I always feel the need to defend the choices that I make for this honor each year. There have been three previous recipients, all of a higher national awareness level than Chuck. In 2004, Pat Tillman was named for sacrificing his life in the War on Terror, particularly since he gave up stardom in the NFL to defend his country. In 2005 it was pundit Bill O’Reilly, who put the heat on both the political right and left in his “No Spin Zone” every night during a time of political partisanship, and who had become an outspoken champion of children’s causes. In 2006 it was the preacher to the country, Billy Graham, a man whose is certainly a modern-day apostle.
In choosing Chuck Cassidy, it is for both his own personal sacrifice, because after all he gave of himself fully by giving his life. He paid the ultimate price in the service to his community, and after all what is more important to the nation? It is also representative for the sacrifices in the past of Gary Skerski, Danny Faulkner, and the thousands of other law enforcement officers across the country who have likewise given their lives in service to their communities. The men and women of law enforcement put on a uniform, strap on a gun, and step out each day on some level to serve their fellow Americans.
The sacrifice of Chuck Cassidy raised him above some of the other very worthy nominees this year. I want to thank those who submitted the names of First Lady Laura Bush, Secretary of State Condoleezza Rice, economist Thomas Sowell, author Dinesh D’Souza, Supreme Court Justice Clarence Thomas, TV personality Oprah Winfrey, Microsoft CEO Bill Gates, former Senator Rick Santorum, local war hero Dell Dailey, and Presidential candidate Mike Huckabee.
There was another consideration this year as well. It was most certainly the year of the “Pop Tart”, and I wrote an article about this back in June of this year. The embarrassing public and private exploits of Britney Spears, Paris Hilton, Lindsay Lohan, Nicole Richie, and Tara Reid, among others, took over the headlines many nights. This was all highlighted by the death of Anna Nicole Smith. The awful negative example that these young women were giving to our youth led me on a search of young Hollywood women who might be a shining, positive example, in the hopes that highlighting one of them with the honor would serve as a counter. But the sacrifice given by Chuck overwhelmed even that idea.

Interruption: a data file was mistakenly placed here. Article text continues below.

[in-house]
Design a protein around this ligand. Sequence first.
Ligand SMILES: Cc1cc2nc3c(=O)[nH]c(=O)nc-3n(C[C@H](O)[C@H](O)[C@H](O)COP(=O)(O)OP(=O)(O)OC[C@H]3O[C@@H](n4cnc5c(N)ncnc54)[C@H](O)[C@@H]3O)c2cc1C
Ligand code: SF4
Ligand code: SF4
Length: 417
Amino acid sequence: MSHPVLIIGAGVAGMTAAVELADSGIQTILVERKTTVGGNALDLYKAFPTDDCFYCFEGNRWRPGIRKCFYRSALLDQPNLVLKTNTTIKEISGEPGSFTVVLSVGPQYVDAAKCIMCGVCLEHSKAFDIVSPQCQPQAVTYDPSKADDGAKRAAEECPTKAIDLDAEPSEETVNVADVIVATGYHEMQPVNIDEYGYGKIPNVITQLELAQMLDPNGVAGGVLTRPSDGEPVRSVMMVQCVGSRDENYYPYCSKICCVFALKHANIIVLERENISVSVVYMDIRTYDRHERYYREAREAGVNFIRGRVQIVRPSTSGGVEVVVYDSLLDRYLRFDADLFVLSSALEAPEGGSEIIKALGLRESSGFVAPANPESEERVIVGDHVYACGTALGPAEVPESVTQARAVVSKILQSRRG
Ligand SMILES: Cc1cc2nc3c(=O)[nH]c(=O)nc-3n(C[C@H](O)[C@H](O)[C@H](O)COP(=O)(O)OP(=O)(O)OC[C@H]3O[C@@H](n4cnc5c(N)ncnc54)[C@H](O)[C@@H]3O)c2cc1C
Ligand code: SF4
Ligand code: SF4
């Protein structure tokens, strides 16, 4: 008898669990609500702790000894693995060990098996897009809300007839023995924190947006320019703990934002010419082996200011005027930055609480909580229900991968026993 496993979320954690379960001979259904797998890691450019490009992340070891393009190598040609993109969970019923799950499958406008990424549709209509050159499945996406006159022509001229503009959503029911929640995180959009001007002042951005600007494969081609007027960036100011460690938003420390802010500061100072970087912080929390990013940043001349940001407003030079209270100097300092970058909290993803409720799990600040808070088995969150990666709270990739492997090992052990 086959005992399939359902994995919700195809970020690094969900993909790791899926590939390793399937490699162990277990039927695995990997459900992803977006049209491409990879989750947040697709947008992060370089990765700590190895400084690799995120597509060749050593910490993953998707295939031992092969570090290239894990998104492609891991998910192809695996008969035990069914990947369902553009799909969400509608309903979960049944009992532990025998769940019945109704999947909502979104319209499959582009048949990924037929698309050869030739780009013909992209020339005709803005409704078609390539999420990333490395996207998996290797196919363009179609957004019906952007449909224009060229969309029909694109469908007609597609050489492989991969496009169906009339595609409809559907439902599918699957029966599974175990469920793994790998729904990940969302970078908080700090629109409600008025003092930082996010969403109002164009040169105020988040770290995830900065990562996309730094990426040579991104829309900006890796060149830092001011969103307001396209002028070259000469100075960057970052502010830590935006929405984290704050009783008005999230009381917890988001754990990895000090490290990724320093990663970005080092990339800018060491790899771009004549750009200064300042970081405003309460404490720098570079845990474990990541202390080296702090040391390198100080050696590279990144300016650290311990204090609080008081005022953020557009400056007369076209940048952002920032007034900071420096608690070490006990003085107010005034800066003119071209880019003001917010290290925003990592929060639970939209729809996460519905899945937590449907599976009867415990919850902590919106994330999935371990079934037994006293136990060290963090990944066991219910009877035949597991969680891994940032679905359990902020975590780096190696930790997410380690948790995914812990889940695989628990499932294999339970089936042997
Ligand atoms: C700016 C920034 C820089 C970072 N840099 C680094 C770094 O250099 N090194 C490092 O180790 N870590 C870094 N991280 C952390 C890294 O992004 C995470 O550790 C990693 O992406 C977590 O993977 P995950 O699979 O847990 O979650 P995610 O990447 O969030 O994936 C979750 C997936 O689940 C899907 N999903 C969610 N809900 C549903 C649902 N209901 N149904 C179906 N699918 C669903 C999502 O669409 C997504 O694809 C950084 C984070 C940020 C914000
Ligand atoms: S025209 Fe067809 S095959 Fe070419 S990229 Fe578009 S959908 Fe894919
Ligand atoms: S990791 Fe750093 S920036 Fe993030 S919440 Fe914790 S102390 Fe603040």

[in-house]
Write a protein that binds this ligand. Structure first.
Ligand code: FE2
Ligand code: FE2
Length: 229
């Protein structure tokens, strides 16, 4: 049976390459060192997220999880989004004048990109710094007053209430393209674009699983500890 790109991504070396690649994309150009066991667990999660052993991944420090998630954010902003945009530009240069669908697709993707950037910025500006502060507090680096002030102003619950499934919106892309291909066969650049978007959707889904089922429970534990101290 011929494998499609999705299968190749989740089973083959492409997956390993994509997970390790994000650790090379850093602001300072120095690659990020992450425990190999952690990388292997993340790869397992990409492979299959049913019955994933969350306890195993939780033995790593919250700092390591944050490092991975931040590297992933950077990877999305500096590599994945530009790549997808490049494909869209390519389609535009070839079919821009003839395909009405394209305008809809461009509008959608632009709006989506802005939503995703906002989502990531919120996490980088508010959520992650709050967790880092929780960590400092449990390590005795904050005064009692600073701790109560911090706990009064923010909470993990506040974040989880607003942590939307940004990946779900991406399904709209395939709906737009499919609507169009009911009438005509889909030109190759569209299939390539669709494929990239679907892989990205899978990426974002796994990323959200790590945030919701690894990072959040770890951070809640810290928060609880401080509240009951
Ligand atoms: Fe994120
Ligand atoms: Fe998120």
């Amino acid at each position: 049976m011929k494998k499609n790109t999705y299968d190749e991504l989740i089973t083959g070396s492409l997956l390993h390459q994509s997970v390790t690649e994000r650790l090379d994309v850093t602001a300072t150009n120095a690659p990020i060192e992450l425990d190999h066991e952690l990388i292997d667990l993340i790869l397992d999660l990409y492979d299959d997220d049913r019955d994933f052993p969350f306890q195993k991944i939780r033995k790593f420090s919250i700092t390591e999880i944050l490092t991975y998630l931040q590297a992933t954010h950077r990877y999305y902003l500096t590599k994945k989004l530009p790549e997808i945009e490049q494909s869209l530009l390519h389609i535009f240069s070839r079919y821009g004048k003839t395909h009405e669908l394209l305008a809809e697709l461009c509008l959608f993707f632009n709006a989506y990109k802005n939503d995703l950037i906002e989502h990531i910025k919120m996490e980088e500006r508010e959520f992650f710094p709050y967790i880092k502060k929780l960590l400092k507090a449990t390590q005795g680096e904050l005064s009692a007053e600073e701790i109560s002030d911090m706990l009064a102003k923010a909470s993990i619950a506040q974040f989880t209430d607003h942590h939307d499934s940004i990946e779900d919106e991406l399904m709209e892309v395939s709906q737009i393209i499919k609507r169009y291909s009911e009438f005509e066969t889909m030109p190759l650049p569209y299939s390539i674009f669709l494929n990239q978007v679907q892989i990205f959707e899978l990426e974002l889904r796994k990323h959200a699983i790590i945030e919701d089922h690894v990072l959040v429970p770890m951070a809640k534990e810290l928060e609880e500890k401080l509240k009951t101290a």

Earlier in the year, back in March, Chuck and his partner had confronted a pair of armed gunmen who had just committed another robbery. The two officers confronted the men with strength, professionalism, and maturity, and were able to convince the men to lay down their weapons, taking them into custody without further incident. That job ended far more pleasantly, and gave Chuck the opportunity to bask in being a hero to his community and fellow officers. But it was not a role he cherished. Almost to a man, it was well known that Chuck avoided the spotlight.
At his funeral services, Chuck’s brother-in-law, Tony Conti, gave a tremendously eloquent and moving eulogy that painted a wonderful, uplifting picture of Chuck’s life. In it, Mr. Conti described all of the attention that was surrounding the aftermath of the murder: "Chuck is an unassuming man, right Mrs. Cassidy? This is a guy who avoided the spotlight. This is a man who hated to be the center of attention. Do you have any idea what he's saying right now?"
I hope that in naming Chuck Cassidy as the website’s 2007 American of the Year, he would accept if he could on behalf of the sacrifice that all of America’s police officers and their families make every day. The battle that our troops overseas face every day is similarly fought here at home on our own streets everyday by its police officers, firefighters, and other law enforcement officers and public service professionals.
May God bless the family as they move forward. May He bless all of the police officers around the nation, and particularly here in the City of Brotherly Love, in staying safe while remaining dedicated to their communities each day. And may God especially bless Philadelphia police officer and 2007 American of the Year Chuck Cassidy with a well-deserved eternity of peace.